By Jennifer Faringer
New York state on Jan. 8 unleashed mobile sports betting (MSB), and by doing so, exponentially increased the risks of problem gambling for New Yorkers. During the first two weeks, estimates suggest there were $1.62 billion wagered and $113 million of revenue generated.
What is not discussed however is the other side of the story. The cost of the potential impact that gambling has on the life of the individual placing the bet, as well as the subsequent impact on their families, is hard to calculate. Estimates suggest if this trend continues, issues related to problem gambling could result in an estimated $4.9 million lost daily, a figure that could reach $1.8 billion in one year!
Gambling can lead to loss of income and an increased risk of domestic violence and suicide, as well as other mental and physical health risks. One in five suicide attempts is associated with problem gambling. With the legalization and expansion of sports betting we can expect to see increasing numbers of individuals developing risky or problem gambling behaviors, some of which may evolve into a serious gambling disorder. Young people will also be more easily drawn into sports betting with iGambling and eSports.
The industry, as well as lawmakers, have described the launch of MSB as one that exceeded all expectations — not only in revenue generated but also in breaking records for the sheer number of bets placed and new accounts opened. Out of all MSB accounts, nearly 88 percent were new. The gambling industry has begun an unprecedented surge in marketing of online gambling through all forms of media, including enticing imagery, offering start-up dollars to gamble, and other messaging that can be characterized as predatory in nature.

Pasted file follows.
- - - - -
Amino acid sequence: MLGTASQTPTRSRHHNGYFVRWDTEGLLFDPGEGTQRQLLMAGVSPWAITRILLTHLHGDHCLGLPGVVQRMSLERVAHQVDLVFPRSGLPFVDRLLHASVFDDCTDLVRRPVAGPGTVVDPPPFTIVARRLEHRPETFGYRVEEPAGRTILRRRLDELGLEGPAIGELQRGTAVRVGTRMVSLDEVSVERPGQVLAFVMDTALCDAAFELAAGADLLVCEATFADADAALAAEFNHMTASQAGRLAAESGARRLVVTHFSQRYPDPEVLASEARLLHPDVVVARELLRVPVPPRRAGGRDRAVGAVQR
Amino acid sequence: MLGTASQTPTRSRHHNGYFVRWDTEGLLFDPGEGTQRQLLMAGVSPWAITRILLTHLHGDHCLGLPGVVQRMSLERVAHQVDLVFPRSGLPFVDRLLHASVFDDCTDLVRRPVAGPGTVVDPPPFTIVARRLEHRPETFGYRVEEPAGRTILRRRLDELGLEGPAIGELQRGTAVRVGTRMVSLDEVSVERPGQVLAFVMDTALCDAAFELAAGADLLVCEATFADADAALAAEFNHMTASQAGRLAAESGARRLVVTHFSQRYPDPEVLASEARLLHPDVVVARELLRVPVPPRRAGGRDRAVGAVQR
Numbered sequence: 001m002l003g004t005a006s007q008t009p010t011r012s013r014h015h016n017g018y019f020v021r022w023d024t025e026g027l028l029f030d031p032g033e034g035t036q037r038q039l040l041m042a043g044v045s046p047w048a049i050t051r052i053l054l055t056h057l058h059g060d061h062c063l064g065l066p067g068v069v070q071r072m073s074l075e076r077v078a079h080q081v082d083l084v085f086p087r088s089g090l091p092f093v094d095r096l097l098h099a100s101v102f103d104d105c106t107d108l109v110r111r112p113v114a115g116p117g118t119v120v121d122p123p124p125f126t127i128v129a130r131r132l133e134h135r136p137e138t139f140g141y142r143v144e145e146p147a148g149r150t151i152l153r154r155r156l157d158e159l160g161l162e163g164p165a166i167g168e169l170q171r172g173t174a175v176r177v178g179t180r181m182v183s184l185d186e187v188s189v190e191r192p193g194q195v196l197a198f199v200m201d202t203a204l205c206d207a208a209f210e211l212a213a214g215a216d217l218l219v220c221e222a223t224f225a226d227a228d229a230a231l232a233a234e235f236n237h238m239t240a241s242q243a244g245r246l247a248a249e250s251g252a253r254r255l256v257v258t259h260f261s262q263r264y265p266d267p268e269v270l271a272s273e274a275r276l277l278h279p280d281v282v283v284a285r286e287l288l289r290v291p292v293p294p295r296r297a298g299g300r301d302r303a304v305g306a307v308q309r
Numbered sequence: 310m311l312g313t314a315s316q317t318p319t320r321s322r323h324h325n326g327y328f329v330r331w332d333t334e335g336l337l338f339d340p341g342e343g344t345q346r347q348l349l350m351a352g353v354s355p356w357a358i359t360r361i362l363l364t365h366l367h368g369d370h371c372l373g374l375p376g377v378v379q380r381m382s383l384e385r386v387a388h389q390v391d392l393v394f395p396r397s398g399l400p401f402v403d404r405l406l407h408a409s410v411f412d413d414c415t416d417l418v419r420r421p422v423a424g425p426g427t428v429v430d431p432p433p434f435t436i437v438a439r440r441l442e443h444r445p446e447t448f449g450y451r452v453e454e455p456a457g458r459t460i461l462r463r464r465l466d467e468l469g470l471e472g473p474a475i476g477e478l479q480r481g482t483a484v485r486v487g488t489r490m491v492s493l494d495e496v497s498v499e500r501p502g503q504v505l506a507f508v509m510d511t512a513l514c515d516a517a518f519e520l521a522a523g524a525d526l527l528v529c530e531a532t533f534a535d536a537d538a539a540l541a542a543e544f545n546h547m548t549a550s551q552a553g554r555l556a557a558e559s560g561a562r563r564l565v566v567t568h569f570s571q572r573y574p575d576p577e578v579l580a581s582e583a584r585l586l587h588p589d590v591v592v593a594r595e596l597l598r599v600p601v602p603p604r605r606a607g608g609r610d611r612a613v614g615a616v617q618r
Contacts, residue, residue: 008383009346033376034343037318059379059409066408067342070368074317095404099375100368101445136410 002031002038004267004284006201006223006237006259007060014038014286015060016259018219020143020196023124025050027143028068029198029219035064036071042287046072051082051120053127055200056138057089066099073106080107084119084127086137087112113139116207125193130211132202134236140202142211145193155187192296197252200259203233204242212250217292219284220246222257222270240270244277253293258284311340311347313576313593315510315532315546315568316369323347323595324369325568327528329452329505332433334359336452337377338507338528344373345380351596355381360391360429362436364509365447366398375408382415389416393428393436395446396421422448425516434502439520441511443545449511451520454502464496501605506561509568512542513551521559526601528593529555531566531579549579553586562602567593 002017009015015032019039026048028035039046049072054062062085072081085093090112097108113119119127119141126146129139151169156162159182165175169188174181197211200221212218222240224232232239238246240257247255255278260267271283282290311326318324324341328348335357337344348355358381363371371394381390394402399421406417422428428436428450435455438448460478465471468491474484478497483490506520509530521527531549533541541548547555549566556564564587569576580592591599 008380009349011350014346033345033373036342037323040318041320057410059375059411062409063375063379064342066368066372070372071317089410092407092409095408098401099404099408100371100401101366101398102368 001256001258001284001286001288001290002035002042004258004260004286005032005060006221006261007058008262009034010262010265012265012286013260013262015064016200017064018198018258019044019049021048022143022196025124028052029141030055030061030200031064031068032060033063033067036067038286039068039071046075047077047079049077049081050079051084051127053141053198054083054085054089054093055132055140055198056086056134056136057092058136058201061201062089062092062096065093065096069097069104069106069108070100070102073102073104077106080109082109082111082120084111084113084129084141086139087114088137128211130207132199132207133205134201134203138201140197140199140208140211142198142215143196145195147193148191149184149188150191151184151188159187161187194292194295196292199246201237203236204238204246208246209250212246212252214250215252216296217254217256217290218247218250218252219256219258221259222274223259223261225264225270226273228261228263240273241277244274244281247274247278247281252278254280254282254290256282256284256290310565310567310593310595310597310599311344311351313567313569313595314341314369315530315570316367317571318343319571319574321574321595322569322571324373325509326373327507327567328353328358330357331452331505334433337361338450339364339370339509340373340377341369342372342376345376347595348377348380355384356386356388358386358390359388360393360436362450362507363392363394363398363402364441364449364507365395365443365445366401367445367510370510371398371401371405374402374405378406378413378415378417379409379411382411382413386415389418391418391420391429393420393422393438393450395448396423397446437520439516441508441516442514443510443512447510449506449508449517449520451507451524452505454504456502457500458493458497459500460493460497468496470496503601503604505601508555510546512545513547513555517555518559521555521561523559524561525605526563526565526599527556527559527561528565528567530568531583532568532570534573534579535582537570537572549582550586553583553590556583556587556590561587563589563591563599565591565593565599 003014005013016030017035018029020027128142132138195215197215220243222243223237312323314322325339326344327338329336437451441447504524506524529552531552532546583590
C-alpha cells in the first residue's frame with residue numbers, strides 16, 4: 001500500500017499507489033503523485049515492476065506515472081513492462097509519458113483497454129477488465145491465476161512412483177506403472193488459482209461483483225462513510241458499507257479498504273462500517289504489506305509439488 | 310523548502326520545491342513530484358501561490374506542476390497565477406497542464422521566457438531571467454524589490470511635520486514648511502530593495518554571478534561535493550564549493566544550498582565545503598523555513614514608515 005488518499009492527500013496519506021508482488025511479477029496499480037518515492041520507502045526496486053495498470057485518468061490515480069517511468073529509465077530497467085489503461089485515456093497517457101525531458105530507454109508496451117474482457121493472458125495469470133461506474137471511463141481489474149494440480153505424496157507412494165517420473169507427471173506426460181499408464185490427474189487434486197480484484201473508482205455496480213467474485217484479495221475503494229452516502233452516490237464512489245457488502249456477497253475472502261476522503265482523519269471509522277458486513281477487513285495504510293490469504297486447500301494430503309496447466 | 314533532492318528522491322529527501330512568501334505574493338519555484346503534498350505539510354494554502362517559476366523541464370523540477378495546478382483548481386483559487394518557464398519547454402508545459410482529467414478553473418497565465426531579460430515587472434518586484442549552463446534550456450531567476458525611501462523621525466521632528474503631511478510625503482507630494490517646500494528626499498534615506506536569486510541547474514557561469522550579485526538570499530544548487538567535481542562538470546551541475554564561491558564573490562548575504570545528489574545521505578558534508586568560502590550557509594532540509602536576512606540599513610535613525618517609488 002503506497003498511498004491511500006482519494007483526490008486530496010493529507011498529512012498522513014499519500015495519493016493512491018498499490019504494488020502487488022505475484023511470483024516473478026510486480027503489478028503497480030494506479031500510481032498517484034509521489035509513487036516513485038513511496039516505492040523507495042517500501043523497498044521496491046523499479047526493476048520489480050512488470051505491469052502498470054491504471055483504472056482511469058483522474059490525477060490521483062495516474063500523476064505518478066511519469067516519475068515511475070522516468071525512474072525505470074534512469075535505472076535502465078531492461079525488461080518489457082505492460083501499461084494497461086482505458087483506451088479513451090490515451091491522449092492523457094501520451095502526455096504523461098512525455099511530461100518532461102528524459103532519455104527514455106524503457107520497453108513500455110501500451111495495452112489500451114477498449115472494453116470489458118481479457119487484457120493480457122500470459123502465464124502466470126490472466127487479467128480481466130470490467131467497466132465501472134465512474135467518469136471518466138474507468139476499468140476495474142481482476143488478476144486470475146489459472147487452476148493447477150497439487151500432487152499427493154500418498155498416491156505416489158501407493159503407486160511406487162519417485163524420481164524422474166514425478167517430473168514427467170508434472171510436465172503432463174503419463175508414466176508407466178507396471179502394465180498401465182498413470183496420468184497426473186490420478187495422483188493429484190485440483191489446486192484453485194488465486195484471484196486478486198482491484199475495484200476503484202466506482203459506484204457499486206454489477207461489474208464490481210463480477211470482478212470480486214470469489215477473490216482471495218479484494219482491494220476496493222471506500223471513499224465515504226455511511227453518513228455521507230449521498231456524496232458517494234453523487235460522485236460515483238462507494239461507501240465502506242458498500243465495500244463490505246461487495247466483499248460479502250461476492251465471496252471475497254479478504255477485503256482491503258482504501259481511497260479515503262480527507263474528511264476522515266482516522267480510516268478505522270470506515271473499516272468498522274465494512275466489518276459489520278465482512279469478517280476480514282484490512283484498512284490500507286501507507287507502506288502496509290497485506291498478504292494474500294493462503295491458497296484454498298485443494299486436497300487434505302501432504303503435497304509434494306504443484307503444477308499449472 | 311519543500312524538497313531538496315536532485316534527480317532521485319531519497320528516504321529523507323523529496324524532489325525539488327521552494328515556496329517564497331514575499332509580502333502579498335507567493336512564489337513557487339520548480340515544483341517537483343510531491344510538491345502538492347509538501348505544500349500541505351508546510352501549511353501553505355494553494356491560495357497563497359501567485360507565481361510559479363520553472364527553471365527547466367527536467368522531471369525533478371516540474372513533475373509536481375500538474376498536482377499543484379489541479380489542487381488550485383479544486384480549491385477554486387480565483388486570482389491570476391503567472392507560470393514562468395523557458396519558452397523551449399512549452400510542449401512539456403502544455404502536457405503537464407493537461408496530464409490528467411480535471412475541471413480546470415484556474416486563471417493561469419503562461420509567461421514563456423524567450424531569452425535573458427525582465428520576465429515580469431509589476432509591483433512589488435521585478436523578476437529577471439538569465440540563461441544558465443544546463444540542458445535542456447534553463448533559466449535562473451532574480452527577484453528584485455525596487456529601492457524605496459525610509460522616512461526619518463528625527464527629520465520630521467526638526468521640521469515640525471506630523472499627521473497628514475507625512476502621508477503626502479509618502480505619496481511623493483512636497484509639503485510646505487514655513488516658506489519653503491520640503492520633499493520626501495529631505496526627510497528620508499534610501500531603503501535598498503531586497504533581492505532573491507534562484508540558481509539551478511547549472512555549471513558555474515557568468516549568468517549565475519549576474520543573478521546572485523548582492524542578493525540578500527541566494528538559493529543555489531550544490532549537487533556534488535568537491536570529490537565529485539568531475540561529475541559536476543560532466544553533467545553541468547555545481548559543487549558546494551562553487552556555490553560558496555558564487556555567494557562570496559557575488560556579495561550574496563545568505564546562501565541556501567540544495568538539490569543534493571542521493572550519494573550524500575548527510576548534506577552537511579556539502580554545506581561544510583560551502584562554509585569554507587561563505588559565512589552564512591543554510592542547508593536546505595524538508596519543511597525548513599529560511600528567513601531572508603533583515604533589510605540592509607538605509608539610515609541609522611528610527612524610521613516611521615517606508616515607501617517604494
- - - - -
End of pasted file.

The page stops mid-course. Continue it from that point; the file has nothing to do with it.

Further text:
It’s time to have the conversation, consider the risks, and know the trends. Gambling is a silent addiction, often lacking in the visible signs and symptoms associated with alcohol and drug misuse.
For more resources on identifying and preventing problem gambling among adults and youth, visit the NCADD-RA’s website at https://ncadd-ra.org (type “underage gambling” in search menu) or join the conversation on Facebook at www.facebook.com/NCADDRA.